This may also be the peak trap game on Washington's schedule. The Huskies play Pac-12 North counterpart Stanford on the road one week prior to this matchup, then host Oregon in a rivalry showdown the following week.
4. Nov. 29 vs. Washington State
A snow-covered Black Friday night last November determined the 2018 Pac-12 North, virtually 10 years to the day of Apple Cup rivals Washington and Washington State playing with one win between the two of them. Last season's memorable encounter marked the second Apple Cup with championship implications in the last three years, a clear indicator of the current Pac-12 landscape.
Washington draws hosting duties for this year's affair, which could again decide who moves onto Santa Clara and the Pac-12 Championship Game.
3. Nov. 2 vs. Utah
Both of last season's meetings went Washington's way, but not without a fight. The Pac-12 title game was particularly close, won only on Byron Murphy's interception return for a touchdown. The third meeting in less than 14 months should be another physical slugfest between what looks like the two best defenses in the conference.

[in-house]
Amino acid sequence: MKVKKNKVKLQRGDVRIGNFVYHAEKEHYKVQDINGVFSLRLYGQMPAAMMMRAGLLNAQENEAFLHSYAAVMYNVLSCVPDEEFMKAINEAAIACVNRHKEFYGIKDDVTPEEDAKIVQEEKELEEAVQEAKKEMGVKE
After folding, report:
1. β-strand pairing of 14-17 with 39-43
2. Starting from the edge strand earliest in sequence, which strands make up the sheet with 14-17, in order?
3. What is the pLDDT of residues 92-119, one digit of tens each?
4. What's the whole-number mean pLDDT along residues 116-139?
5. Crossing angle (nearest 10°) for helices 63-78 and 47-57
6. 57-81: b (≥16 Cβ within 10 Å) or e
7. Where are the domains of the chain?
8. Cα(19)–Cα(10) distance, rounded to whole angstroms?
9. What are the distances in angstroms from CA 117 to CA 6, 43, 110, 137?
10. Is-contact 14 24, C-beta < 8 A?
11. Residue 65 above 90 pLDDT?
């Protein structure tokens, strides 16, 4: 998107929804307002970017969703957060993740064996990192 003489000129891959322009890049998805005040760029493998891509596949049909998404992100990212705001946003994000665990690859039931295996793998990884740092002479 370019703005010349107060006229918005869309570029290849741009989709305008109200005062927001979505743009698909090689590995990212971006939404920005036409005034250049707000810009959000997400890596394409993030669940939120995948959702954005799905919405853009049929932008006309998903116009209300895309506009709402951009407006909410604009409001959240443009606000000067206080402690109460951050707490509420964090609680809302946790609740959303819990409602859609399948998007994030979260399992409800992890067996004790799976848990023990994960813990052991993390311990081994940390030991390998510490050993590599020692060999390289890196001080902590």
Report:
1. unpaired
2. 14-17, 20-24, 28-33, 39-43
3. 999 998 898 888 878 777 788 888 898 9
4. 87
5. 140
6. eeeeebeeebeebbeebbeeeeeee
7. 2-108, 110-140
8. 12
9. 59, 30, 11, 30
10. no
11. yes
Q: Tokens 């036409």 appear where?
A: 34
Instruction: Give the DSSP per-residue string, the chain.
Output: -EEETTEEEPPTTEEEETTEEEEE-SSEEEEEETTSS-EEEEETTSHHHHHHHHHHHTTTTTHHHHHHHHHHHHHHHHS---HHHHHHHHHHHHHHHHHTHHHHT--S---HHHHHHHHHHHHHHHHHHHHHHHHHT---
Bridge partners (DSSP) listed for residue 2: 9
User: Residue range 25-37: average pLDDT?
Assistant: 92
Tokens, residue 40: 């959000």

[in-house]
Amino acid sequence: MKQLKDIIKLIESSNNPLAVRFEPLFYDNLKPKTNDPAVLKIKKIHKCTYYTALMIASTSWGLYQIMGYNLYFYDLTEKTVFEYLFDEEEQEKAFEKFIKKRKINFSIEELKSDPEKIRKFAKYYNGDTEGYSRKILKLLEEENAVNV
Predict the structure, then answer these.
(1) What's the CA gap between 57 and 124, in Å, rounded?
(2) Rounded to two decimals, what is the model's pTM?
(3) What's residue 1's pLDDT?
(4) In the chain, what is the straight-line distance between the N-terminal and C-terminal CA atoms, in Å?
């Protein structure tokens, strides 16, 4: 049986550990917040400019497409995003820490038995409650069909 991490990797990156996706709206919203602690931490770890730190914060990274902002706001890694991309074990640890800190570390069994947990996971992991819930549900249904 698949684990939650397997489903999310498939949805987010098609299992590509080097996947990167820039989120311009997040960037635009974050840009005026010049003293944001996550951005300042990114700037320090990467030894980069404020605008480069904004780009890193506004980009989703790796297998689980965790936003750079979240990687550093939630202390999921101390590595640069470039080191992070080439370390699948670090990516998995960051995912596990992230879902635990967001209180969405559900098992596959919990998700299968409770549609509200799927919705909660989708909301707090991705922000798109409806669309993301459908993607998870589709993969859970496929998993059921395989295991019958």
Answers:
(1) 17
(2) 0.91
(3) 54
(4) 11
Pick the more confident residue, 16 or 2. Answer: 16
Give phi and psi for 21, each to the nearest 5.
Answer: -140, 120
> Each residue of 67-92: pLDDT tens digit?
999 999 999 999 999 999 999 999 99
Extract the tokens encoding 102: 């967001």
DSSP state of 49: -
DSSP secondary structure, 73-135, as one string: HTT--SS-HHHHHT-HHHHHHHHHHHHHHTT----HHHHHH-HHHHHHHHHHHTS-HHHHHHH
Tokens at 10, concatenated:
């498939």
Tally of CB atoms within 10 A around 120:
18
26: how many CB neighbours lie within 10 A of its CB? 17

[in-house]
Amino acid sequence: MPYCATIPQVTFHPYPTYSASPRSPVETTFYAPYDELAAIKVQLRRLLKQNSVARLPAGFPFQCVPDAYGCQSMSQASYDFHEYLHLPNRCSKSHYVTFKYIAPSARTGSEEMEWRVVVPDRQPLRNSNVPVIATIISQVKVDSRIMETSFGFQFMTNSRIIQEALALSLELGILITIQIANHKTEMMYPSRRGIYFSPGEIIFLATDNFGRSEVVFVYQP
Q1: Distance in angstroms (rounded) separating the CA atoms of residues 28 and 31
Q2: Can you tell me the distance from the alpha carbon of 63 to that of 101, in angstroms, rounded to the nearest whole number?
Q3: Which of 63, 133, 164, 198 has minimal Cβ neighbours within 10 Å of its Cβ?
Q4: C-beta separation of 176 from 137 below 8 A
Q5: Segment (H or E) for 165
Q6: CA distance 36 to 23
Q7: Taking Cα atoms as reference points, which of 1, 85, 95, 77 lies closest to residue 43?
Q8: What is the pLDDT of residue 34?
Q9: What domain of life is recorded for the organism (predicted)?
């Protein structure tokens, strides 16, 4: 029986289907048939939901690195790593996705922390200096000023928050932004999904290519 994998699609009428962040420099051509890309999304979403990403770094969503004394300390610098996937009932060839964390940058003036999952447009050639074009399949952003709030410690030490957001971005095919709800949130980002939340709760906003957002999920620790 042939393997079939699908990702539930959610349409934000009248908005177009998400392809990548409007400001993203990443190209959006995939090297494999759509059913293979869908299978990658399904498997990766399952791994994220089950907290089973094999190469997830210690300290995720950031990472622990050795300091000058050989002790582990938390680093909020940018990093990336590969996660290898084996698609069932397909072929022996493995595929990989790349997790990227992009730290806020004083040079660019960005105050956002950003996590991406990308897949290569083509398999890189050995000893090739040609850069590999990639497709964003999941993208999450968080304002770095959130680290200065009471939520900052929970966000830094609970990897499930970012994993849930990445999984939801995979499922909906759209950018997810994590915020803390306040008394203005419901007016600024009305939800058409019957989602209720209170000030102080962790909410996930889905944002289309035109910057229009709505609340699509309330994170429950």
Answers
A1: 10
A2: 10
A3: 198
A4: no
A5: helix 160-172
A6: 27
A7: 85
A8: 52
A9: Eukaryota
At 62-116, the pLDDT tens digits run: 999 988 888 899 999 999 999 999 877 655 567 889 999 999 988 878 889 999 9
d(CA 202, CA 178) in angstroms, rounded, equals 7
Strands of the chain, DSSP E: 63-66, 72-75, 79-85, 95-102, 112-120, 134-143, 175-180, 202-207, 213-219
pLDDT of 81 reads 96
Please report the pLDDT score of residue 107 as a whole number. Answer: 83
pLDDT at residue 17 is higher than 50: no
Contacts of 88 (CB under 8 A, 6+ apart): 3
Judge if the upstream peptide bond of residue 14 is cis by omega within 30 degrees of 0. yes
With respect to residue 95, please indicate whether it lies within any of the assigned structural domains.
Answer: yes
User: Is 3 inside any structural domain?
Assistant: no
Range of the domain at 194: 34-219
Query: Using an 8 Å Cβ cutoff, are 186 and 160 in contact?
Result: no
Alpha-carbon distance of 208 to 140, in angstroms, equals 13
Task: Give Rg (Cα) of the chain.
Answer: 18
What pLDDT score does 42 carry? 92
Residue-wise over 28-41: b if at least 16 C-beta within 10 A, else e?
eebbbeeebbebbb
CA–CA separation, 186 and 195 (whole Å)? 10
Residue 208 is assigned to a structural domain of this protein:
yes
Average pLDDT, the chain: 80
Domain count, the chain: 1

A boon for Washington is home-field advantage combined with the luxury of coming off of a bye week. Having as many fresh bodies as possible against Utah's hard-hitting style is crucial.
2. Oct. 5 at Stanford
Home teams have won each of the last four meetings in this series of similarly built programs. And, since a Washington romp in 2016, the encounters have come down to the game's final play. This one is a pivotal date on the calendar for both teams beyond the obvious — each is now a perennial Pac-12 contender — but it also moves one onto the inside track for the division after some tough matchups preceding it.
1. Oct. 19 vs. Oregon
The heated border rival between Washington and Oregon takes on heightened significance with Chris Petersen and Mario Cristobal at the helms of their programs. The similar philosophies clashed a season ago to make for an overtime classic, in which the Ducks snapped a modest, two-game losing streak — after dominating the rivalry for more than a decade.
With this falling at its customary place midway through the calendar, it won't determine the Pac-12 North, but the outcome will certainly play a huge factor in the race.
— Written by Kyle Kensing, who is part of the Athlon Contributor Network and a sportswriter in Southern California. Follow him on Twitter @kensing45.